While some product marketers might confuse a one-off thought leadership content piece with a full thought leadership marketing strategy, an effective strategy can be the first step in getting customers into the marketing funnel. In fact, a Gartner survey showed that 30% of respondents indicated that a form of thought leadership is the single highest driver of marketing-qualified leads (MQLs).
“Thought leadership marketing, if done well, can build trust by showcasing an understanding and vision for the future of the market you serve, differentiate you from your competition and lead to increased awareness,” says Christy Ferguson, VP Analyst, Gartner.
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But all thought leadership is not created equal. Technology marketers can only drive results with a fully developed thought leadership strategy that differentiates the organization and sets the business up to be a market visionary. Five key factors should be considered.
Factor 1: Customer-centric mission
It may seem obvious, but thought leadership marketing must be directly relevant to the target audience and directly related to your value proposition to the market. The key is to offer advice the customer can or should act on, and present your organization’s point of view as it relates to the buyer.
Thought leadership marketing shouldn’t include product content explicitly; instead, it should offer value to readers regardless of whether they become buyers. The ideal content sets up a problem or complexity buyers face and eventually leads them back to your product as the solution; it doesn’t position your product front and center in the moment.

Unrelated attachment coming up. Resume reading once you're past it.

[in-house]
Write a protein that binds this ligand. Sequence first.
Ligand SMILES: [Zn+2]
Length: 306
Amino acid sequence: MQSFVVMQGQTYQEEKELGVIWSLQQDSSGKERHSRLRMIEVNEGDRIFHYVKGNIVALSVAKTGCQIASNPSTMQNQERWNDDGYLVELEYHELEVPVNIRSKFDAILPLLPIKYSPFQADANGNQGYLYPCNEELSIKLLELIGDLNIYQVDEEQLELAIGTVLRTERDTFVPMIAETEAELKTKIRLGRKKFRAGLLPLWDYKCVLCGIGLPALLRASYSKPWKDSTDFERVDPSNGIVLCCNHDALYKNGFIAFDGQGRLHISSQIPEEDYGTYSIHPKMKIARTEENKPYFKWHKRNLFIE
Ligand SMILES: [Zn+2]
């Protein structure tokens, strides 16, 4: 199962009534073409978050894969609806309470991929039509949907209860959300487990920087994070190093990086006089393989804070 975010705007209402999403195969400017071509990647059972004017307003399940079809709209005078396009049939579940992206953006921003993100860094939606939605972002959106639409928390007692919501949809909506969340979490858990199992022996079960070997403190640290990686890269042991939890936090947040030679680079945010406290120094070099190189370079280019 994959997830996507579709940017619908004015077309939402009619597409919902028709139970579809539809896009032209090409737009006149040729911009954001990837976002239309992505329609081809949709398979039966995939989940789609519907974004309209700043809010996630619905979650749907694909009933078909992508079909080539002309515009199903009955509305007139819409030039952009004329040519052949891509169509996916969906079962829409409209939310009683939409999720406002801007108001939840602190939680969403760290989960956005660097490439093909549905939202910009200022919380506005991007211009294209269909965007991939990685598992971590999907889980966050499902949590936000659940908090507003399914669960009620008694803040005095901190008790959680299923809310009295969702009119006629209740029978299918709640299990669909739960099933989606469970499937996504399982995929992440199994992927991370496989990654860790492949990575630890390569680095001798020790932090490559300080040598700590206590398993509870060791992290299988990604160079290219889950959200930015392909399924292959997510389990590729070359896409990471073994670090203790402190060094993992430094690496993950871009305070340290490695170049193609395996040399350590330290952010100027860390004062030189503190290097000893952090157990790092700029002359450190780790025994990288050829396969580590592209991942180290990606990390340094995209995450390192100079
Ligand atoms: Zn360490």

Factor 2: Cross-functional strategy
The most effective thought leadership marketing cannot live in isolation and isn’t just used for marketing. Coordinating its use across the organization will drive credibility, amplify its message and shorten time to market.
For example, thought leadership can be extremely useful for sales and other customer-facing teams, but they may need to be trained on the content to articulate the overarching storyline and messages effectively. Stake out a thought leadership position in marketing that can be carried through sales.
Factor 3: Long-term play
Don’t let thought leadership marketing stagnate. Good marketing establishes a point of view that differentiates the organization from competitors in the moment, but also has a roadmap to evolve and change into the future. The most effective thought leadership marketing has a clear message and point of view throughout all delivery channels, rather than ad hoc or one-off pieces.
It’s key to have a senior executive lead the program, along with a group that can identify topics and a group of content producers. You’ll also need to identify domain experts to serve as key spokespeople.
Factor 4: More than content
Thought leadership content is not the same as thought leadership marketing. The latter requires a long-term roadmap and a unique POV that is integral to the product and can evolve over time. Also, don’t confuse a thought leadership program with content marketing. It must include quality content, but where content marketing might demonstrate the business impact to existing business models, thought leadership marketing presents a vision of the future state of those business models.
Factor 5: Own intellectual property
If you outsource your thought leadership marketing, it’s not your thought leadership. The intellectual property aspect of thought leadership marketing must remain internal to the organization. However, it is possible to outsource some of the writing, editing or proofreading of the insights, as well as design work, external PR or even market research.